Sudan and South Sudan appear to be on the brink of war. The United States and China must press both sides to return to the negotiating table, says CFR expert Jendayi Frazer.
President Obama's move to strengthen efforts to prevent genocide and mass killings deserves credit, but must be given time to work properly, says CFR's Paul Stares.
This January 2012 UN report from a special Secretary-General appointed mission to the Sahel region assesses the "scope of the threat of the Libyan crisis in the region and the national, regional and wider international capacities to respond to those challenges".
Bonnie Glaser of the Center for Strategic and International Studies discusses the significant risk of conflict in the South China Sea and how the United States can prevent becoming involved in an armed clash.
Establishing "no-kill zones," using drones to protect civilians, and encouraging defection could halt the killing in Syria, says Anne-Marie Slaughter at the New York Times.
After exploring Israel's ability, legitimacy, and necessity to attack Iran, Ronen Bergman believes that the country would certainly do so in 2012.
David F. Gordon, Mark L. Schneider, and Paul B. Stares discuss their respective organization's assessments of the risks and the most worrisome sources of instability and conflict in 2012.
CFR's Center for Preventive Action has released the fourth annual Preventive Priorities Survey ranking the most plausible conflicts on which the U.S. government should focus in the year ahead.
See more in Conflict Prevention
The eurozone and Saudi Arabia are elevated threats in 2012 under CFR's new Preventive Priorities Survey, while Afghanistan and Sudan are reduced. CFR's Micah Zenko discusses.
Micah Zenko discusses preventive priorities the United States will face in 2012.
As Africa's strategic importance grows, the African Union is poised to be a U.S. partner on the continent. The AU, however, must take concrete steps to develop its conflict-management capabilities—an area in which the United States can play a critical role.
CFR scholars provide policy options for preventing a major crisis in the territories immediately adjacent to China: North Korea, Myanmar, Pakistan, and Central Asia.
With the U.S. military overstretched and Washington facing acute fiscal pressures, the United States must nurture effective international partnerships to help prevent and manage violent conflicts that threaten U.S. interests, concludes a new Council Special Report.
Two trends represent Korea today: South Korea's extraordinary economic boom and North Korea's stagnation and provocation.
In this globalized world, countries will need to cooperate on policies that extend across borders to address issues that affect them all, including conflict prevention and peacemaking. The authors of this report assess the strengths and weaknesses of international institutions and provide a set of practical recommendations for how the United States can strengthen the global architecture for preventive action by partnering with those organizations.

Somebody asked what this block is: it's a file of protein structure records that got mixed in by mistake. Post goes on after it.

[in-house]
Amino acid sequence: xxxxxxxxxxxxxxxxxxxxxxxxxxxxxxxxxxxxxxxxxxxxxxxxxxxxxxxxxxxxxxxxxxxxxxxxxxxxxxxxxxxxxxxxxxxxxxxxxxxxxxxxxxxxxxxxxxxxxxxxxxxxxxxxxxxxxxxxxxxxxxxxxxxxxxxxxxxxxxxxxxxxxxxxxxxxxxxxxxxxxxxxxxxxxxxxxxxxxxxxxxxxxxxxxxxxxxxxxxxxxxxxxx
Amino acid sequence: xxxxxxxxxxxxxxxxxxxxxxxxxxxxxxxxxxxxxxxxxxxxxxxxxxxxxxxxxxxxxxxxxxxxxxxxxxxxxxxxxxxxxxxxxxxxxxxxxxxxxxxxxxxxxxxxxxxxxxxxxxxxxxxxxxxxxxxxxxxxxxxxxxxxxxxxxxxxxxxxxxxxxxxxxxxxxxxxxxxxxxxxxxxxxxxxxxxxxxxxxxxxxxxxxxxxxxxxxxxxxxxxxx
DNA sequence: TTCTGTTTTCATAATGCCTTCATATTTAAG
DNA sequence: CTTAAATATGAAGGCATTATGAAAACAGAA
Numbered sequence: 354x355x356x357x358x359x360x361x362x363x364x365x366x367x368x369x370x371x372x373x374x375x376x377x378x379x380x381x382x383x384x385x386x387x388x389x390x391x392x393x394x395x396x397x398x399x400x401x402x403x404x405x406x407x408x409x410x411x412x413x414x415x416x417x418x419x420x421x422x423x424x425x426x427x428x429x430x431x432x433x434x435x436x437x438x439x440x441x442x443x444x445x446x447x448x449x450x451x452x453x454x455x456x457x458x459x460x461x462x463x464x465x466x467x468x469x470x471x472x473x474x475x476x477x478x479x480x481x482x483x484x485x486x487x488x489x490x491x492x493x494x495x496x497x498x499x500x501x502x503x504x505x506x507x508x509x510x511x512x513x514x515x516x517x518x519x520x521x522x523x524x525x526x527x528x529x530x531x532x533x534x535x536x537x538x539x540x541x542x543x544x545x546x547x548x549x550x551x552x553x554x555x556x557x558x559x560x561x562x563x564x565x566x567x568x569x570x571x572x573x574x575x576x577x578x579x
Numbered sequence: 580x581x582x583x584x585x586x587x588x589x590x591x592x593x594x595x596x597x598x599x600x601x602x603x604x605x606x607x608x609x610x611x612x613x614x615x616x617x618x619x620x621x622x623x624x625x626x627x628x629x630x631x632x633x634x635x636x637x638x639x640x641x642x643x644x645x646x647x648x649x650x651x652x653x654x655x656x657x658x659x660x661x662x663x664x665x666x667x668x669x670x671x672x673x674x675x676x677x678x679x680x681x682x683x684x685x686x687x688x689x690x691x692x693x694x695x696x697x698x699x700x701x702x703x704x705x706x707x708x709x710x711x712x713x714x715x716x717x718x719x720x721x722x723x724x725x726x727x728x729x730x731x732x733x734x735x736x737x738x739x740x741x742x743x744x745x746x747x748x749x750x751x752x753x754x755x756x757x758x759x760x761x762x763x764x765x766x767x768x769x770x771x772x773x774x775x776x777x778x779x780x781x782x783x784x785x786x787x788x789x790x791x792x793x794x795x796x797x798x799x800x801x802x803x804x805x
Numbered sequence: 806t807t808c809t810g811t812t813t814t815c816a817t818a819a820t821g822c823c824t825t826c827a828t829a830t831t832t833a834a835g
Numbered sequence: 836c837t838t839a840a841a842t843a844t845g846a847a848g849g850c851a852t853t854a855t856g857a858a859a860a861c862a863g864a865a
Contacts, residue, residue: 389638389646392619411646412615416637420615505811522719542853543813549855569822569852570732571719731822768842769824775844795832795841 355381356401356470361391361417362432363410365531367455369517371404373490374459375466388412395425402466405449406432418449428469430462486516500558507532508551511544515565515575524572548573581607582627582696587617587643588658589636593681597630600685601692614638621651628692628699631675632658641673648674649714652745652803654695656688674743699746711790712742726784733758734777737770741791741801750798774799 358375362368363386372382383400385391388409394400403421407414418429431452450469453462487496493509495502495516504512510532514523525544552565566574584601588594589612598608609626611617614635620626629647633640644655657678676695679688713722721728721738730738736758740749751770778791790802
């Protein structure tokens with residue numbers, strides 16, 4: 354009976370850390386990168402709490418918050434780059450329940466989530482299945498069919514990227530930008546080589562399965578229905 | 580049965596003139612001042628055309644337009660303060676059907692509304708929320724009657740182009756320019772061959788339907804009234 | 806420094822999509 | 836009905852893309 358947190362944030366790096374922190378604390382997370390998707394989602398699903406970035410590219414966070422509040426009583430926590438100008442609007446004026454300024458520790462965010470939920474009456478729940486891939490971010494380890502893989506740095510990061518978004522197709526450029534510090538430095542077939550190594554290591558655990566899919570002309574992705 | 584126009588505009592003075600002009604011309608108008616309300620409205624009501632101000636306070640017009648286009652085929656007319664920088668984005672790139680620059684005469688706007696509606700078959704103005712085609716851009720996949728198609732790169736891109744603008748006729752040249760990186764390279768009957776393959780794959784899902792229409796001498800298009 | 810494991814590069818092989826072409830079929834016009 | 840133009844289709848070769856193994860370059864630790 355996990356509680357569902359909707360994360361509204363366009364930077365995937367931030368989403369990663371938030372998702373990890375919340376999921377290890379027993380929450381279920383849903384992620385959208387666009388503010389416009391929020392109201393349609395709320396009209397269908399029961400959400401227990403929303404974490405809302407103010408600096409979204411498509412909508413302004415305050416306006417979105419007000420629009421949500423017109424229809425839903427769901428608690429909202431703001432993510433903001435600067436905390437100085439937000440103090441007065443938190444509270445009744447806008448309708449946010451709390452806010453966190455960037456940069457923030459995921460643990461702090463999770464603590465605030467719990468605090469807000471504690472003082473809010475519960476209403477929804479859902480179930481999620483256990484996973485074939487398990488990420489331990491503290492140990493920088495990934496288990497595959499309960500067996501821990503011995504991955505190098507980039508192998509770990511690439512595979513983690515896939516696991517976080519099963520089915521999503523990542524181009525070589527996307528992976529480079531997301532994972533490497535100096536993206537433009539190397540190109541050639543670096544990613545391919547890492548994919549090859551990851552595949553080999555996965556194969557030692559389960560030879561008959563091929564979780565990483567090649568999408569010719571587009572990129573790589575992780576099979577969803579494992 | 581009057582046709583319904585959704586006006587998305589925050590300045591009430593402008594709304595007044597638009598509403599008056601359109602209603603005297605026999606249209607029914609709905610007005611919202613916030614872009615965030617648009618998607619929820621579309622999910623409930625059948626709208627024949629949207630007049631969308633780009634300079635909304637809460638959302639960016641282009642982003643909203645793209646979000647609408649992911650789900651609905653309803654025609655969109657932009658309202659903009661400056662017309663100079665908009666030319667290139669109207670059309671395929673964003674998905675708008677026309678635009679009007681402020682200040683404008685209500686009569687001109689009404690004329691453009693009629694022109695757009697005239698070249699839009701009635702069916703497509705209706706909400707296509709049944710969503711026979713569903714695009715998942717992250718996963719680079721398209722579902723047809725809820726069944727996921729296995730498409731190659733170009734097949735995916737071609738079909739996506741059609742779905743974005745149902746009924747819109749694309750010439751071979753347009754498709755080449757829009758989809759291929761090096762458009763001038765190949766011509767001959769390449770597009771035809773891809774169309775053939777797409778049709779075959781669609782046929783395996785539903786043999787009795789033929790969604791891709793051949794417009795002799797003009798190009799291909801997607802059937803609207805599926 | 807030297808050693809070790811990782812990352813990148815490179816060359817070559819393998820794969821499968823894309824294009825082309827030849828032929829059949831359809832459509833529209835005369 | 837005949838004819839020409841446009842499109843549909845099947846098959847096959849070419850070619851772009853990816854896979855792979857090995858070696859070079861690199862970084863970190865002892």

As Libyan rebels press for control of the state and the ouster of Muammar al-Qaddafi, experts warn about the troubles ahead in maintaining security and rebuilding a country emerging from forty-two years of autocratic rule.
New efforts by the Obama administration to prioritize the prevention of atrocities can only make a difference if authorities are able to surmount challenges ranging from bureaucratic inertia to fickle public opinion, write Andrew Miller and Paul Stares.
As ethno-political violence continues in Pakistan's financial capital, Pakistani analyst Mosharraf Zaidi says the city needs a more effective police force and judicial system, which in turn will engender investor confidence globally.
Public disorder and instability in Libya could emerge if the Qaddafi regime falls. The United States should support a stabilization effort to prevent the potential consequences of regime failure.
For more conflict prevention analysis, visit CFR's Center for Preventive Action.
The author examines Pakistan's complex role in U.S. foreign policy and advocates for a two-pronged approach that works to quarantine threats while integrating Pakistan into the broader U.S. agenda in Asia.
The authors assess the political, security, and economic challenges facing U.S. policymakers in Afghanistan and evaluate a range of policy options.
Special operations play a critical role in how the United States confronts irregular threats, but to have long-term strategic impact, the author argues, numerous shortfalls must be addressed.
This clear and authoritative book presents a sweeping account of China's global resource quest and the unrivaled expansion of its economy. More
The story of the tragic and often tormented relationship between the United States and Pakistan, and a call to prepare for the worst, aim for the best, and avoid past mistakes. More
An authoritative and accessible look at what countries must do to build durable and prosperous democracies—and what the United States and others can do to help. More